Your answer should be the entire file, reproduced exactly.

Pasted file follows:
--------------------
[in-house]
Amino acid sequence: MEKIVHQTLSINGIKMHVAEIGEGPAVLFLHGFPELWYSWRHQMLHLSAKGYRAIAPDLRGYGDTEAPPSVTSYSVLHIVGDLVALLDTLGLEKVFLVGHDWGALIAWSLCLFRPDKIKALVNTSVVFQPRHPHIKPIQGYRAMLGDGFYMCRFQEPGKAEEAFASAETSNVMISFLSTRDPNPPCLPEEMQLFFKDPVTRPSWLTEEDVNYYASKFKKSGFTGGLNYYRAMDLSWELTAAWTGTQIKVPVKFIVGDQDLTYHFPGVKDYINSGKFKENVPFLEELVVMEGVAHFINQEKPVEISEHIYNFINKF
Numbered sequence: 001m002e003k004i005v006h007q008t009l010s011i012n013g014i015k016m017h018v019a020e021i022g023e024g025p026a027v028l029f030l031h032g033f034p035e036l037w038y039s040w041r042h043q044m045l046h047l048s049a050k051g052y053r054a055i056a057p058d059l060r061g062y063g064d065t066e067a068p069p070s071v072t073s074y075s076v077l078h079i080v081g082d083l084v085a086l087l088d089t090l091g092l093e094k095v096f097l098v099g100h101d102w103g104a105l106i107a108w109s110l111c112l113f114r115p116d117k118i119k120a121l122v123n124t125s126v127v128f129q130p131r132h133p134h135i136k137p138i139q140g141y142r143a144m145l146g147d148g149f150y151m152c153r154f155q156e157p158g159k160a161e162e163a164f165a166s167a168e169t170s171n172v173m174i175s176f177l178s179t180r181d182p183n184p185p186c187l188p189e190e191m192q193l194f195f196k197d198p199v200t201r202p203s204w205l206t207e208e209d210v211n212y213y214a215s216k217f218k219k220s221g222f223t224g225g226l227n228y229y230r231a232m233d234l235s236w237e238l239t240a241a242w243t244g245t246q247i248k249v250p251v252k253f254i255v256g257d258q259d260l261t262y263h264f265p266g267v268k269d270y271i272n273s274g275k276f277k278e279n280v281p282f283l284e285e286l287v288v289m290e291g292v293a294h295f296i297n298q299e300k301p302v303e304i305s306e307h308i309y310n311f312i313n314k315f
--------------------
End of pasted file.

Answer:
[in-house]
Amino acid sequence: MEKIVHQTLSINGIKMHVAEIGEGPAVLFLHGFPELWYSWRHQMLHLSAKGYRAIAPDLRGYGDTEAPPSVTSYSVLHIVGDLVALLDTLGLEKVFLVGHDWGALIAWSLCLFRPDKIKALVNTSVVFQPRHPHIKPIQGYRAMLGDGFYMCRFQEPGKAEEAFASAETSNVMISFLSTRDPNPPCLPEEMQLFFKDPVTRPSWLTEEDVNYYASKFKKSGFTGGLNYYRAMDLSWELTAAWTGTQIKVPVKFIVGDQDLTYHFPGVKDYINSGKFKENVPFLEELVVMEGVAHFINQEKPVEISEHIYNFINKF
Numbered sequence: 001m002e003k004i005v006h007q008t009l010s011i012n013g014i015k016m017h018v019a020e021i022g023e024g025p026a027v028l029f030l031h032g033f034p035e036l037w038y039s040w041r042h043q044m045l046h047l048s049a050k051g052y053r054a055i056a057p058d059l060r061g062y063g064d065t066e067a068p069p070s071v072t073s074y075s076v077l078h079i080v081g082d083l084v085a086l087l088d089t090l091g092l093e094k095v096f097l098v099g100h101d102w103g104a105l106i107a108w109s110l111c112l113f114r115p116d117k118i119k120a121l122v123n124t125s126v127v128f129q130p131r132h133p134h135i136k137p138i139q140g141y142r143a144m145l146g147d148g149f150y151m152c153r154f155q156e157p158g159k160a161e162e163a164f165a166s167a168e169t170s171n172v173m174i175s176f177l178s179t180r181d182p183n184p185p186c187l188p189e190e191m192q193l194f195f196k197d198p199v200t201r202p203s204w205l206t207e208e209d210v211n212y213y214a215s216k217f218k219k220s221g222f223t224g225g226l227n228y229y230r231a232m233d234l235s236w237e238l239t240a241a242w243t244g245t246q247i248k249v250p251v252k253f254i255v256g257d258q259d260l261t262y263h264f265p266g267v268k269d270y271i272n273s274g275k276f277k278e279n280v281p282f283l284e285e286l287v288v289m290e291g292v293a294h295f296i297n298q299e300k301p302v303e304i305s306e307h308i309y310n311f312i313n314k315f